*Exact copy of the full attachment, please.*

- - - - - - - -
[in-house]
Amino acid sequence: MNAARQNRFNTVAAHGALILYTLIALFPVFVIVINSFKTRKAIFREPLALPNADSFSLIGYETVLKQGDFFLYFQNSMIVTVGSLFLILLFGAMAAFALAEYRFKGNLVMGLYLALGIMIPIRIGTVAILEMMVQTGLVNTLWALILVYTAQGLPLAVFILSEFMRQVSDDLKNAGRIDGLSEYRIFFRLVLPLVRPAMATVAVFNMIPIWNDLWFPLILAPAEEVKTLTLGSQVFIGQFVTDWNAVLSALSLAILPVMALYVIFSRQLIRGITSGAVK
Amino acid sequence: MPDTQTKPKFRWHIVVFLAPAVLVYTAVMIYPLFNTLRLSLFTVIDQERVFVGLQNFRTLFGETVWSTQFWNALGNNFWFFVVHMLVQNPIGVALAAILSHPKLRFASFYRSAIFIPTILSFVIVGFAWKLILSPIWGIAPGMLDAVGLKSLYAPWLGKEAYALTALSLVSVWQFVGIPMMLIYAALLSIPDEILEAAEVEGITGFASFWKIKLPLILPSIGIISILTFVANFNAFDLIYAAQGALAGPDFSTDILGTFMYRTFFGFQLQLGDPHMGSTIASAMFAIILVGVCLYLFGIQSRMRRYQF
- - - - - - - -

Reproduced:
[in-house]
Amino acid sequence: MNAARQNRFNTVAAHGALILYTLIALFPVFVIVINSFKTRKAIFREPLALPNADSFSLIGYETVLKQGDFFLYFQNSMIVTVGSLFLILLFGAMAAFALAEYRFKGNLVMGLYLALGIMIPIRIGTVAILEMMVQTGLVNTLWALILVYTAQGLPLAVFILSEFMRQVSDDLKNAGRIDGLSEYRIFFRLVLPLVRPAMATVAVFNMIPIWNDLWFPLILAPAEEVKTLTLGSQVFIGQFVTDWNAVLSALSLAILPVMALYVIFSRQLIRGITSGAVK
Amino acid sequence: MPDTQTKPKFRWHIVVFLAPAVLVYTAVMIYPLFNTLRLSLFTVIDQERVFVGLQNFRTLFGETVWSTQFWNALGNNFWFFVVHMLVQNPIGVALAAILSHPKLRFASFYRSAIFIPTILSFVIVGFAWKLILSPIWGIAPGMLDAVGLKSLYAPWLGKEAYALTALSLVSVWQFVGIPMMLIYAALLSIPDEILEAAEVEGITGFASFWKIKLPLILPSIGIISILTFVANFNAFDLIYAAQGALAGPDFSTDILGTFMYRTFFGFQLQLGDPHMGSTIASAMFAIILVGVCLYLFGIQSRMRRYQF